Our easy-to-craft headboard was finally built out of pallet wood, all of which we hoarded and then broke down ourselves. We bought some fresh wood for the main framing and stained all the wood with a light gray. Well, that’s not entirely true: I thought I ruined it with a stain that was way too dark. So we stripped that, power sanded, and tried again (thank you, Home Depot Paint Man, for your assistance with that one).

We argued about the order in which we worked on the project. We moaned over working too late at night (cuz power tools and my little ones don’t really mix, so we were relegated to working from 8-11 p.m.). We argued about how to cut the wood at specific angles. We griped when we ruined or split certain pieces of wood. We fought about where to store the power tools and how to keep the garage tidy over our weeks and months of projecting.

We also brainstormed together. We laughed. We listened to music and danced while we worked. We teased one another about decisions and watched each other work in awe and interest…seeing new sides of one another. We looked forward to the evenings when the kids were asleep and we could stow away to the garage for a few hours to work on our little project. We built something together. Now we can look every day at something that signifies our ability to act as a team and to create. And ultimately, we had FUN.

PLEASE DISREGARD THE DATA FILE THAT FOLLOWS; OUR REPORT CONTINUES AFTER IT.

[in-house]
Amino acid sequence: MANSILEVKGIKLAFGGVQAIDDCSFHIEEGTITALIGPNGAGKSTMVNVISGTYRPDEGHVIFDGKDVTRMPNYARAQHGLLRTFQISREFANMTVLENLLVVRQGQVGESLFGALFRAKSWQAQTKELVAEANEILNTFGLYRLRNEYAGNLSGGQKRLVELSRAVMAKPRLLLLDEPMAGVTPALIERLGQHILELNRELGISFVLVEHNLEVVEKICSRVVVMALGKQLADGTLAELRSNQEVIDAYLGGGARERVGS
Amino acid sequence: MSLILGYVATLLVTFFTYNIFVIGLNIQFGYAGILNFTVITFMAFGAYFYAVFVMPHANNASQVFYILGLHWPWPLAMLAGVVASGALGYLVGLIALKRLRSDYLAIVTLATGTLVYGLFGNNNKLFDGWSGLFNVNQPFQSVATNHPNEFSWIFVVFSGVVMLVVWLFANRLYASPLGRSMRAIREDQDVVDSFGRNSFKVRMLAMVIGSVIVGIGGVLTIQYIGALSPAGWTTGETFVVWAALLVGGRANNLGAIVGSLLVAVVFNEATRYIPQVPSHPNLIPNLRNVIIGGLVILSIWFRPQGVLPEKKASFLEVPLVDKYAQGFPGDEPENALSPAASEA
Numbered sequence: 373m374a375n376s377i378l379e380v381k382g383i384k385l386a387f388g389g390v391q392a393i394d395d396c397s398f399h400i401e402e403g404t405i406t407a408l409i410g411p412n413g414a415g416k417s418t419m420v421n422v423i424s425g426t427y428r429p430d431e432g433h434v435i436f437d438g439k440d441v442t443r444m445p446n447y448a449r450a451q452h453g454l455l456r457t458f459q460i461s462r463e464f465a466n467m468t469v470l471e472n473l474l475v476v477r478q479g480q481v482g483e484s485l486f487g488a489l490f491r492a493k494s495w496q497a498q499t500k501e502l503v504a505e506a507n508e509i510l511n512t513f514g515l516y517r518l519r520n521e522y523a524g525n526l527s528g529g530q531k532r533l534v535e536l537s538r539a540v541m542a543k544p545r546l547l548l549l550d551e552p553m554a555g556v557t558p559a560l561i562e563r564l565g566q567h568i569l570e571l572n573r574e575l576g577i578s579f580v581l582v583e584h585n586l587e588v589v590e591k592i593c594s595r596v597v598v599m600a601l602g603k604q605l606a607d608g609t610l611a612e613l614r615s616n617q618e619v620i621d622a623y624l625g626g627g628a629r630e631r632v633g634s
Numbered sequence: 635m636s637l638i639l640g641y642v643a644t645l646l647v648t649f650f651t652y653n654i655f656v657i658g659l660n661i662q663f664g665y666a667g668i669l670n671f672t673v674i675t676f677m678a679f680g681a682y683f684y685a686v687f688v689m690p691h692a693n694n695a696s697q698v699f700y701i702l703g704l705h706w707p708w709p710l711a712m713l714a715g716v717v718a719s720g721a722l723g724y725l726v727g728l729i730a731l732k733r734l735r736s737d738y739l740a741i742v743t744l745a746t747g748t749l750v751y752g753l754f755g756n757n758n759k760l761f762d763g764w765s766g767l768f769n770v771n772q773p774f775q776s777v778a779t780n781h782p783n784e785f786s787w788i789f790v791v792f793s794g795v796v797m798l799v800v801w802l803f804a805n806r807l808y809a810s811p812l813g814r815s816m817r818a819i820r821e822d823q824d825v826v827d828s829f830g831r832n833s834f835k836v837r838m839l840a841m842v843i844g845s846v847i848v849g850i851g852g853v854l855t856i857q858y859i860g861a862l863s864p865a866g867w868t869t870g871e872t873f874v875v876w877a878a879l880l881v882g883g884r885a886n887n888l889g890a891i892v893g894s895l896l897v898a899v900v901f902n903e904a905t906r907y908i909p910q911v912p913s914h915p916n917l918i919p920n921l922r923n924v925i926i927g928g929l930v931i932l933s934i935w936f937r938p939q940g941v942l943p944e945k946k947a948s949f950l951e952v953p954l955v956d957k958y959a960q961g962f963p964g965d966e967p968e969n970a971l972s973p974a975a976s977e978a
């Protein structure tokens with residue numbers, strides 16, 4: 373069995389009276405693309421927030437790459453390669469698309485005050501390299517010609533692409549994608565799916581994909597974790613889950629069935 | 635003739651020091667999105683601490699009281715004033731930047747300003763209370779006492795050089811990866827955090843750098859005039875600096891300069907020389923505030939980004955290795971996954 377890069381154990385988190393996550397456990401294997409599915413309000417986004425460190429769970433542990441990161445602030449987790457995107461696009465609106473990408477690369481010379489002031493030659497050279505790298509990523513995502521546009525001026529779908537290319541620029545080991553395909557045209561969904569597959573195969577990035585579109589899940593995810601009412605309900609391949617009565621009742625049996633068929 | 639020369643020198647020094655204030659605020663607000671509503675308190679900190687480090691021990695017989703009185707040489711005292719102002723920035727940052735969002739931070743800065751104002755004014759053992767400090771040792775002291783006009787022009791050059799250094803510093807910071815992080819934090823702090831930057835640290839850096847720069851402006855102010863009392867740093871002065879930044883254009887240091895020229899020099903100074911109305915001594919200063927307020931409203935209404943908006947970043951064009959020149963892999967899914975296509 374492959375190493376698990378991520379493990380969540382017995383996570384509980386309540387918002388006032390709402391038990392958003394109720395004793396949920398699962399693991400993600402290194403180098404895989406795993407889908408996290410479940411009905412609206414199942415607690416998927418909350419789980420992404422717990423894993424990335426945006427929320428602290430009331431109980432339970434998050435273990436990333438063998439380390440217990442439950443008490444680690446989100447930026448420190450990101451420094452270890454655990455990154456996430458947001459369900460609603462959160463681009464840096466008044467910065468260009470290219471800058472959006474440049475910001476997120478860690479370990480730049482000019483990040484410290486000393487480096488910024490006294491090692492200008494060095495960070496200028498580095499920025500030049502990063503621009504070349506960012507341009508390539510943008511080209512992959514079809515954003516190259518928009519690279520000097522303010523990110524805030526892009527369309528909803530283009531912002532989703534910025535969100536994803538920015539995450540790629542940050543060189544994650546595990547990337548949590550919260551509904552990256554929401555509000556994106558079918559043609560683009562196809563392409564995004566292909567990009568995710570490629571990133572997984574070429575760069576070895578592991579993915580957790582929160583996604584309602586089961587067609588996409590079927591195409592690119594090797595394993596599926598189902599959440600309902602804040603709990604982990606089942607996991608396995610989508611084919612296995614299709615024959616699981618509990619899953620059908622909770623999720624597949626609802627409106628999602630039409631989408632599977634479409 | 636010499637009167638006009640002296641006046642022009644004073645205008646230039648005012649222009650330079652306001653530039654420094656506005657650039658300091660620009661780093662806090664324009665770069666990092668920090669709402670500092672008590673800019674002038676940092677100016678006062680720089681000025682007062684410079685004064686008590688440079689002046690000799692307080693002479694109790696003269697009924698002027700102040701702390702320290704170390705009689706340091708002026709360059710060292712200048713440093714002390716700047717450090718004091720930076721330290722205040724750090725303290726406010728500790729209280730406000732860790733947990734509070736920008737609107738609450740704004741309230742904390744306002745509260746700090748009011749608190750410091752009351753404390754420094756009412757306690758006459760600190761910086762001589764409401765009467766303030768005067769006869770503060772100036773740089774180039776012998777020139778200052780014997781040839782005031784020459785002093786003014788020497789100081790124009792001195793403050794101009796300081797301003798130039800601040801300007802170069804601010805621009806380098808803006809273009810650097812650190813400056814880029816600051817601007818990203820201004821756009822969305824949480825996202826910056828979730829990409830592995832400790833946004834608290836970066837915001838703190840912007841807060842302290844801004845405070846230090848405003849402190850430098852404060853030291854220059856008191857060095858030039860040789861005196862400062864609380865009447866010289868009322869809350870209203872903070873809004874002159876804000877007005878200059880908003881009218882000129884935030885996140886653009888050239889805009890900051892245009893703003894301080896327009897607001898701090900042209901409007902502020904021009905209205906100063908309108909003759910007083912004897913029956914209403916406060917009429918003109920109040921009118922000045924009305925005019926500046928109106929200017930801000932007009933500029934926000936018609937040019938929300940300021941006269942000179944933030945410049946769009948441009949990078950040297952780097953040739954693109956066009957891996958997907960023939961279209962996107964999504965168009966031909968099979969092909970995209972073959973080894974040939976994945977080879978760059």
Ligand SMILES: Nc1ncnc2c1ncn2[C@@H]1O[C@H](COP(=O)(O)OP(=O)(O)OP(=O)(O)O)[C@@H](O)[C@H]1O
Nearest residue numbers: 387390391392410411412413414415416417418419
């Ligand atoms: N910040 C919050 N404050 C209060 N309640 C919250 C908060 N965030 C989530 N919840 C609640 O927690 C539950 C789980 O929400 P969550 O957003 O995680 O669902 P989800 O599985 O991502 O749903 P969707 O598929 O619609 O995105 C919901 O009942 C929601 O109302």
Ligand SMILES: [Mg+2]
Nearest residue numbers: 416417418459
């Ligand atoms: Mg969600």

It sounds silly, maybe. This little project that turned into something else. But it was great. It was messy and imperfectly perfect (I swear one side is still uneven). It was a little piece of magic we conjured up, and it was bliss.

What are you doing these days that makes your marriage sing? Share, share, share!

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On Loving Yourself

Ok, so, I guess I should just confess it right off the bat….

I don’t know that I l-o-v-e love myself. I like myself. I think I’m pretty decent. I’m a HIP. A Human In Progress. I have flaws and weaknesses, I have some strengths. My strengths are super cool (ie- I make well-timed, appropriately hilarious, well-delivered comments to my husband when NO ONE ELSE is looking or even nearby, my impromptu dance skillz are Uhhh-mazing, etc). My weaknesses suck (I’m not going to list my weaknesses here!!! Silly, silly.)